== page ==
When the European Parliament voted on wide-ranging legislation controlling the sale and advertising of tobacco products this week, some people were worried about e-cigarettes becoming harder to buy, or that menthols would be taken off the shelf.
But it was one very unique product that the Swedes were keeping a close watch on, and had been making plenty of noise about in Brussels. That was snus, a chewable tobacco loved by people in Sweden and Norway.
Stuffed under the top lip, snus comes in a huge array of flavours ranging from mint to new artisan creations such as juniper berry, licorice and bergamot.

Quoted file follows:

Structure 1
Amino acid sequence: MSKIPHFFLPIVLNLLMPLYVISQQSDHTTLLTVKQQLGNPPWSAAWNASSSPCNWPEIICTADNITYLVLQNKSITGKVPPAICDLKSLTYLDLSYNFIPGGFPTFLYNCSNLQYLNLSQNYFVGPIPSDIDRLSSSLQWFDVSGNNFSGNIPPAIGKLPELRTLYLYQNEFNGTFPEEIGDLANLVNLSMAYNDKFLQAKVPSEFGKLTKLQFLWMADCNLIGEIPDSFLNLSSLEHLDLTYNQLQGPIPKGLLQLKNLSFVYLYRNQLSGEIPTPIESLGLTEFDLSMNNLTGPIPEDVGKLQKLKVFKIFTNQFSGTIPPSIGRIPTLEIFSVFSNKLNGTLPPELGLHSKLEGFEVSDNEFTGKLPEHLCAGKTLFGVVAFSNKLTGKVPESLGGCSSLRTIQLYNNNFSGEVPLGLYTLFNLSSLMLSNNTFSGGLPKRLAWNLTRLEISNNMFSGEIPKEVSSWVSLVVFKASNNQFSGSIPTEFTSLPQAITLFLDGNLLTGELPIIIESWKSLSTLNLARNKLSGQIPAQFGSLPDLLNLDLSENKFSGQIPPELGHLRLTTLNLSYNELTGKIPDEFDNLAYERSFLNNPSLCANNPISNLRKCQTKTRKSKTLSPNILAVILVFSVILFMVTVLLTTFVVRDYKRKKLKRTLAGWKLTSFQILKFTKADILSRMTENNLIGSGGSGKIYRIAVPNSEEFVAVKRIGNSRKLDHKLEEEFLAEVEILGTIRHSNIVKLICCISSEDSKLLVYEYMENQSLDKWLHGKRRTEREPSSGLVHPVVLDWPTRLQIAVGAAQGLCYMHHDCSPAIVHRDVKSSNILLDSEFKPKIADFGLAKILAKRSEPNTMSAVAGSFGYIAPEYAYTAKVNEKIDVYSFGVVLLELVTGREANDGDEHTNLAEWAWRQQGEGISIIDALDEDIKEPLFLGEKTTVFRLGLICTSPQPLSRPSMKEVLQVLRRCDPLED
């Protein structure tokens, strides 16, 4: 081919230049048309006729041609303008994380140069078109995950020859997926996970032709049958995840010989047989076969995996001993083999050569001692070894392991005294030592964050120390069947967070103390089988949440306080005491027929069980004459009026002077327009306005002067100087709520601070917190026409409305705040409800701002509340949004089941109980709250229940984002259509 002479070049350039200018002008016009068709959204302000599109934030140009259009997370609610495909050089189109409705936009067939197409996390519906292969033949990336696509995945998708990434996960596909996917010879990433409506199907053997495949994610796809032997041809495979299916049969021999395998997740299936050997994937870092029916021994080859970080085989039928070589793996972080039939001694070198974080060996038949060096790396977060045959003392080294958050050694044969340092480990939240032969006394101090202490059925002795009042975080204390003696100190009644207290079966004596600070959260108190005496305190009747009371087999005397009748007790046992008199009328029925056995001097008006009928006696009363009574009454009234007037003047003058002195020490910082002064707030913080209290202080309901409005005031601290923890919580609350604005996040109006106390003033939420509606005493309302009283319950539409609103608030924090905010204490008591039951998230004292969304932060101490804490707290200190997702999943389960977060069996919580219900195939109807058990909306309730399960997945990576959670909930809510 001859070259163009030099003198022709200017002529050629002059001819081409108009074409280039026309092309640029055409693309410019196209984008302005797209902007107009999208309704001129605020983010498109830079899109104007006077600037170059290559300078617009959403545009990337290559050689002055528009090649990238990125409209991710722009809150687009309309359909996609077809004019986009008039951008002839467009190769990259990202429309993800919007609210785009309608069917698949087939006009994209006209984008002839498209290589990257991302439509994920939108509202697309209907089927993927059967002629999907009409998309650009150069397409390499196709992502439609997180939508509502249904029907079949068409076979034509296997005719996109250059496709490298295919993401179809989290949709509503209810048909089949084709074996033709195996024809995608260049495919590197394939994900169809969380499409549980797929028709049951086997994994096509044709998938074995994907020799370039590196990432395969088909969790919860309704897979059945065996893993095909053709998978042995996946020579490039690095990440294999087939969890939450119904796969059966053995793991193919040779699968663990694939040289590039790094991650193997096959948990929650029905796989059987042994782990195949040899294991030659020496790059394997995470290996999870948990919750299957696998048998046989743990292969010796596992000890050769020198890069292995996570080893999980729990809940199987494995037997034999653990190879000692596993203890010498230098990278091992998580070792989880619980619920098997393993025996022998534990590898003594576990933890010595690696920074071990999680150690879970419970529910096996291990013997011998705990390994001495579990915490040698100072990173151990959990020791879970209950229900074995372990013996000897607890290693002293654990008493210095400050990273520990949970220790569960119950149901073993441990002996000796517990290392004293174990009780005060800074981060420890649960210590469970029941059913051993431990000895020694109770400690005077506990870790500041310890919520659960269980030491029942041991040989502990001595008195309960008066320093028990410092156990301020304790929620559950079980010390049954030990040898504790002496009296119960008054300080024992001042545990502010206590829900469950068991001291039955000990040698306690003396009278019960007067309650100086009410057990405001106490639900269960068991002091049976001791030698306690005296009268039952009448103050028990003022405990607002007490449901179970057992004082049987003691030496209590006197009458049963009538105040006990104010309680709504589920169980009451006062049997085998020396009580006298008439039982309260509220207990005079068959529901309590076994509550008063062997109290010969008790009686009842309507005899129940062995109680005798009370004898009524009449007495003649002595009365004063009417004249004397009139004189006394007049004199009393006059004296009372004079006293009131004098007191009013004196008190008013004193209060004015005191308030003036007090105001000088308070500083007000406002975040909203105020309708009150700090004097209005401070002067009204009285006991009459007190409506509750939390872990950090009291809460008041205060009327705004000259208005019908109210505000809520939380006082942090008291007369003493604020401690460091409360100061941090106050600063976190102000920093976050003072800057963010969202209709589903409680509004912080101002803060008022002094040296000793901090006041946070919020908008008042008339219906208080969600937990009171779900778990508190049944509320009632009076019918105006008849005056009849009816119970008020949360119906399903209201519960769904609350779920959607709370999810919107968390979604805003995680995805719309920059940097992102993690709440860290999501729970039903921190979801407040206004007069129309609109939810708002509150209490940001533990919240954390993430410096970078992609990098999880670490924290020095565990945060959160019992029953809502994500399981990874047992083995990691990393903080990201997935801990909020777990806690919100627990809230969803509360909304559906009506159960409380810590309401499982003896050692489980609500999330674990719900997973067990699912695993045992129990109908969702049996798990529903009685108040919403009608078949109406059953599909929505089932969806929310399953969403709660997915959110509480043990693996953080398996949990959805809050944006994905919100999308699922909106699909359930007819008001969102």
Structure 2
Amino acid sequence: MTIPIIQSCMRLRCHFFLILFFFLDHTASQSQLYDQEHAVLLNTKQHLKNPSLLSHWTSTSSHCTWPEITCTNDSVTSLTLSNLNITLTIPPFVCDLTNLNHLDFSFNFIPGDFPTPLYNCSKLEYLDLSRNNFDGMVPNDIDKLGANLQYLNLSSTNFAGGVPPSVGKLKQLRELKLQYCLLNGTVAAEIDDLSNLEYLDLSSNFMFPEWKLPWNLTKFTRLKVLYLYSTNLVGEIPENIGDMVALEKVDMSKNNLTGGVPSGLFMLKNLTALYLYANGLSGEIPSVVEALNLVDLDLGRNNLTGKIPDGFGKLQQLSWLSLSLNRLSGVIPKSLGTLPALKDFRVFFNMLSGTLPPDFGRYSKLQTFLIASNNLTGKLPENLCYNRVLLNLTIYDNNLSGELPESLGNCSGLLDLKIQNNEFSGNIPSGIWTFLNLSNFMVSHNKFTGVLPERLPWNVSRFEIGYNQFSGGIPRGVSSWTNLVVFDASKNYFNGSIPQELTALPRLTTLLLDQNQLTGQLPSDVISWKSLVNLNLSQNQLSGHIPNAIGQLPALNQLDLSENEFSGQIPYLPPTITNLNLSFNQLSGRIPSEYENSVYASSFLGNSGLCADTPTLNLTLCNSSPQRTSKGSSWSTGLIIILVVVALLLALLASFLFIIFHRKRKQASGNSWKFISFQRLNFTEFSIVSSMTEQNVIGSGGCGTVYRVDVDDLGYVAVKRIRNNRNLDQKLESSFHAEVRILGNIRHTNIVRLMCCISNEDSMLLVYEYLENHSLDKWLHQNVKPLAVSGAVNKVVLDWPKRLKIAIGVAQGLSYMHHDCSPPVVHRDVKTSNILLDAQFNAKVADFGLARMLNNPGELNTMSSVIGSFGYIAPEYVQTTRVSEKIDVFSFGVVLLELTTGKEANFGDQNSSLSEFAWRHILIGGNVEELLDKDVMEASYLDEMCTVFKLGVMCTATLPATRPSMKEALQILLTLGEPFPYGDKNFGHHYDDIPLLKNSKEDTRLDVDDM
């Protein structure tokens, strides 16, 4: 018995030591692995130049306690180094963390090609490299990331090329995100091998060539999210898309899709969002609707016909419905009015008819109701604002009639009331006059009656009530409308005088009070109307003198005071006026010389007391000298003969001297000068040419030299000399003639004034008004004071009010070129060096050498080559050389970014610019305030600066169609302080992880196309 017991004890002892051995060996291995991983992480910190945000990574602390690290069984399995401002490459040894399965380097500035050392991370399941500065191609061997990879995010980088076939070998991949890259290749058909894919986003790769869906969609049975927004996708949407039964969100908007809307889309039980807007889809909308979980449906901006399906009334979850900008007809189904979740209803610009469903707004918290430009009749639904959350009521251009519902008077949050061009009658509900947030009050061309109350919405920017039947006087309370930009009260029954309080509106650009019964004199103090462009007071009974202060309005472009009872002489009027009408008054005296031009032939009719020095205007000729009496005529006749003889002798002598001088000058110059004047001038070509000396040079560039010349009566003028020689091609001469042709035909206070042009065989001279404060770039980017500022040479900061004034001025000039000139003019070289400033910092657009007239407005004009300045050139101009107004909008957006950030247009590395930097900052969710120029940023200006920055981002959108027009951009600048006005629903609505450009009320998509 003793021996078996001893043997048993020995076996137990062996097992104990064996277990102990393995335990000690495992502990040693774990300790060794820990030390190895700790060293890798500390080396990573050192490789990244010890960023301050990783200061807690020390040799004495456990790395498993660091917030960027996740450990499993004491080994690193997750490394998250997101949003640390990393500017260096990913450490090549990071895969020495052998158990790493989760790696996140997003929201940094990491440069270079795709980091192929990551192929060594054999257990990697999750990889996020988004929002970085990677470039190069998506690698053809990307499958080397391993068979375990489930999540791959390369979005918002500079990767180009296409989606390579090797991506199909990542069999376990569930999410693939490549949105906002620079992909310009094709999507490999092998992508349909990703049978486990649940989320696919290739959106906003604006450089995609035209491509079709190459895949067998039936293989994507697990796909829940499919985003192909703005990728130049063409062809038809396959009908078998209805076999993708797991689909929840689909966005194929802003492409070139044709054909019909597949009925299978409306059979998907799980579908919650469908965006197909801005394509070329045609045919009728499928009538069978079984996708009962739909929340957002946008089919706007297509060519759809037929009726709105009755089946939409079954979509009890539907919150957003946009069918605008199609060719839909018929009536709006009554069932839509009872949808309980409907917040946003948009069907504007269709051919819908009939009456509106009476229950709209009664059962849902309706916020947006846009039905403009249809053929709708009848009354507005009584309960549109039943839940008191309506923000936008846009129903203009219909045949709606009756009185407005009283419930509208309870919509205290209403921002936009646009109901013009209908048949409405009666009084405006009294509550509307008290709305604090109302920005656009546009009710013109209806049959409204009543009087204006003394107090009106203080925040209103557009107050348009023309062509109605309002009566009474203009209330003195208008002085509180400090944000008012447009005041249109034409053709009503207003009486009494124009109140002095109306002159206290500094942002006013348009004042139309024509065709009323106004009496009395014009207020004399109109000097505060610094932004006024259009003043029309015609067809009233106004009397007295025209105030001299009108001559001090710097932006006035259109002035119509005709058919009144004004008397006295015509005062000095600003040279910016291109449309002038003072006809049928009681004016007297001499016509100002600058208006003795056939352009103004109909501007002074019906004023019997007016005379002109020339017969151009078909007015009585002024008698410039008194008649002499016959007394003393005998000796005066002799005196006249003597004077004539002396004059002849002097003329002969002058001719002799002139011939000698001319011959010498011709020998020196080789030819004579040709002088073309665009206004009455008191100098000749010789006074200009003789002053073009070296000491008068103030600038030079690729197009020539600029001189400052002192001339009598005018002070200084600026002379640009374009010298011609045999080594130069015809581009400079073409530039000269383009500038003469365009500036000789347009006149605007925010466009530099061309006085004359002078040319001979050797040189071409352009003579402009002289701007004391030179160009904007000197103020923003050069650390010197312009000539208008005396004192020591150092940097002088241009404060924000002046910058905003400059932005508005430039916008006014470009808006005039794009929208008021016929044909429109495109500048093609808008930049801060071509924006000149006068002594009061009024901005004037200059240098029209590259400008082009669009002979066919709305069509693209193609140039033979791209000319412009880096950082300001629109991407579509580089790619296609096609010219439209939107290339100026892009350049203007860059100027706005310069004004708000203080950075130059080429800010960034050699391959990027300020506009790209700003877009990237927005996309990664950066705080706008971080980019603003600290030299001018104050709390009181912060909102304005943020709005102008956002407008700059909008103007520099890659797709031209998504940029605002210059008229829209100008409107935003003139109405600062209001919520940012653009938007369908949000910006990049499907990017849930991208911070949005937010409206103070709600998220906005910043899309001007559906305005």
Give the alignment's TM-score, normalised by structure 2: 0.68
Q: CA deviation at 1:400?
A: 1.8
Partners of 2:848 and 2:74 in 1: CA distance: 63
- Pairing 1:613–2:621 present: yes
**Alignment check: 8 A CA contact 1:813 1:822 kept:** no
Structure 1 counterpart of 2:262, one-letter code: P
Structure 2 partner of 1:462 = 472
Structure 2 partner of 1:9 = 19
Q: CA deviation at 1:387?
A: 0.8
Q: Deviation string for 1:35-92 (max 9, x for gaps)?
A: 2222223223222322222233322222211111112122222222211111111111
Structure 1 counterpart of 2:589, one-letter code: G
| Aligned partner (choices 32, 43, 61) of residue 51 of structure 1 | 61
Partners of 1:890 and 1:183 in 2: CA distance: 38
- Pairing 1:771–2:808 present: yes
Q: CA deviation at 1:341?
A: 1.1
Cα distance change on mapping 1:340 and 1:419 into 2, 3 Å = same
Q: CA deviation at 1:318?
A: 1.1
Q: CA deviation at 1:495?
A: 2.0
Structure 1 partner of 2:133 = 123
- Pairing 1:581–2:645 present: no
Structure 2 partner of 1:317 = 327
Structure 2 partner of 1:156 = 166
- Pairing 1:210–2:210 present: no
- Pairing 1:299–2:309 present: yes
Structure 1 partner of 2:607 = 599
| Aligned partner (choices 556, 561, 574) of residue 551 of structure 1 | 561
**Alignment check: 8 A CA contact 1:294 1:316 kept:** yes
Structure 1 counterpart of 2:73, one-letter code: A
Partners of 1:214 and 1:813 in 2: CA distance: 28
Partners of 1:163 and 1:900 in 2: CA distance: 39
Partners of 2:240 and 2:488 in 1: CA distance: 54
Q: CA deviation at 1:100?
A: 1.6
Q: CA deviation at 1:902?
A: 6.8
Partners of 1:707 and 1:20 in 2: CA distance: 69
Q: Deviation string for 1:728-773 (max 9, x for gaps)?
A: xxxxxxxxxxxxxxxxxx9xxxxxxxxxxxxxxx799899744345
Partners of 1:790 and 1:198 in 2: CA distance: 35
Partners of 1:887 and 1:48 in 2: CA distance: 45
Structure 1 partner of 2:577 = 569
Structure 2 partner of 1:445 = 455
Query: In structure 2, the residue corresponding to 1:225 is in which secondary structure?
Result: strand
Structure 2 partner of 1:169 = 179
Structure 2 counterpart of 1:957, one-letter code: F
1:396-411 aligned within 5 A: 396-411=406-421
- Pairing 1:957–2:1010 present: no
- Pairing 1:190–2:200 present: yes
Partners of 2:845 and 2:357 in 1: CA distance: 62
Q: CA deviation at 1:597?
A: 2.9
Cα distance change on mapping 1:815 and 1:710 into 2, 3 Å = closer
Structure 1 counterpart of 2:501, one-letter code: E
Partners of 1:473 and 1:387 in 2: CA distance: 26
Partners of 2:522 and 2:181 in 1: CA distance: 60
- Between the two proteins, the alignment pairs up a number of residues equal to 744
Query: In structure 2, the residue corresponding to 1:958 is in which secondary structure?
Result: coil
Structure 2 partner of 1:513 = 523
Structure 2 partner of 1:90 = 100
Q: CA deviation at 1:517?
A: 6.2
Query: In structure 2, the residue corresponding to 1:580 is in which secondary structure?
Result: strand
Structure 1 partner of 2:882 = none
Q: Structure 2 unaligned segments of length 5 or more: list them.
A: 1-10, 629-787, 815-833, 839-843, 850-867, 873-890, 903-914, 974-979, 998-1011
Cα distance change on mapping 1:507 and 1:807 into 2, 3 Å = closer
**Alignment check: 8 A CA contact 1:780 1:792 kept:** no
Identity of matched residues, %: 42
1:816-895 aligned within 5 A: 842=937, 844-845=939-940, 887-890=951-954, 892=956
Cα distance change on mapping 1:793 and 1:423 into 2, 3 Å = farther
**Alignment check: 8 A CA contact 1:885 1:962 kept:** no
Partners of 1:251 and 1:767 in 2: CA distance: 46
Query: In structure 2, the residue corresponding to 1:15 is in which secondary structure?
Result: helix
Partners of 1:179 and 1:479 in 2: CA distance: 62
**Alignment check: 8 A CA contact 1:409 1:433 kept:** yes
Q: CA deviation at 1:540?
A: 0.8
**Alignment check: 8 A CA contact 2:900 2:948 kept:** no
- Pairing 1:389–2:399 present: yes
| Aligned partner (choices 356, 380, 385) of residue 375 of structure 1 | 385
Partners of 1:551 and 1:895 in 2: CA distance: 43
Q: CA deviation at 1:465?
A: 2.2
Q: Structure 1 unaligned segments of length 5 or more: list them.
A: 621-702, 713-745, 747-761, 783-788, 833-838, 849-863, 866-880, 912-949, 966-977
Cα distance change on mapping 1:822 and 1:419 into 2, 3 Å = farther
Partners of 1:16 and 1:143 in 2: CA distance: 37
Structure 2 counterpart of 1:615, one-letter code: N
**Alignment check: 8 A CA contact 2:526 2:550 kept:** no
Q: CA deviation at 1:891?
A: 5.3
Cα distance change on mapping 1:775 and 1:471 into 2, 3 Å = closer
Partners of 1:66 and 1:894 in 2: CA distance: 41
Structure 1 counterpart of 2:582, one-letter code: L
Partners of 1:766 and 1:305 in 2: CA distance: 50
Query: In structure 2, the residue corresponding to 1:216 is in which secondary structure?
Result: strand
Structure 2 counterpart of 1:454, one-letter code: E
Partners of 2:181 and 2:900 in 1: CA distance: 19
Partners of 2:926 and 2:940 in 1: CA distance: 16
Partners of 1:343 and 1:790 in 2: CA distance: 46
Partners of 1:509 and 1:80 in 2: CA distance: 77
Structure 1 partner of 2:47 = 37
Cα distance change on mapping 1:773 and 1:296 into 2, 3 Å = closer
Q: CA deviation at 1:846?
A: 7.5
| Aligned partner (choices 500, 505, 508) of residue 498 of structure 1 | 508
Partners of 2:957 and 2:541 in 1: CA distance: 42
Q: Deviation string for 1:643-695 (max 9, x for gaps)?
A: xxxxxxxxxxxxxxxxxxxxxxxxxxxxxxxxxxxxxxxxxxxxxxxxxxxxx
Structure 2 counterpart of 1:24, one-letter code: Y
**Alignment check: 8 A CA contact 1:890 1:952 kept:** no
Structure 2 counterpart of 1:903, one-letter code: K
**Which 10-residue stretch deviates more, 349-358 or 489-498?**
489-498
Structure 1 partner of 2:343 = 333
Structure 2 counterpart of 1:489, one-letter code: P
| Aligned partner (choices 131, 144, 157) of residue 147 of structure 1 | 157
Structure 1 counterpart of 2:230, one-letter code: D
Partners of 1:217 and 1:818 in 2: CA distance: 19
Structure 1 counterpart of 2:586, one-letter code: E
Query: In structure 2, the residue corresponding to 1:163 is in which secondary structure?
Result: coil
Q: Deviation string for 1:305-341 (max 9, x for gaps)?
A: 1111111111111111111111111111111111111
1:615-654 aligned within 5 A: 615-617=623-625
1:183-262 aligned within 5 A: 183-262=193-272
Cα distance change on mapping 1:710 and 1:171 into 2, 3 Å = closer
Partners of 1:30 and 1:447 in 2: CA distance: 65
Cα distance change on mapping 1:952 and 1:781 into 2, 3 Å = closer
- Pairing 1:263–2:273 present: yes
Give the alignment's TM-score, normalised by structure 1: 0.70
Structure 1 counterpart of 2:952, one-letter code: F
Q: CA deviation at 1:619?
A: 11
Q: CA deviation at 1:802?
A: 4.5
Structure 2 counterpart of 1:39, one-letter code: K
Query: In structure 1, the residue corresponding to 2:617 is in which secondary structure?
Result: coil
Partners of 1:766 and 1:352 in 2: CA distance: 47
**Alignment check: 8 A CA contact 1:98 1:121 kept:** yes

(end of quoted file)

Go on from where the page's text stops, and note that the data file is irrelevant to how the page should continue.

The European Commission had proposed banning the flavoured tobacco on the grounds that it could appeal to children, sparking a campaign by Swedish politicians to save their snus.
The EC did their best to fight back, suggesting a panel of snus tasters who would decide which ones were too cinnamon-like or minty and should be whipped of the shelves. Only snus in which the tobacco flavour was dominant would survive the panel.
But they failed to convince MEPs, who voted to scrap the snus restrictions on Tuesday, prompting an outpouring of relief. “Hurrah again! Parliament just approved a total exception on additive rules for Swedish snus!” one Swedish MEP, Christofer Fjellner, tweeted.
Swedish Match, a manufacturer of snus welcomed the vote, but warned that the battle was not over yet. “It has become even clearer that the EU’s arbitrary discrimination against snus has solidified,” it said.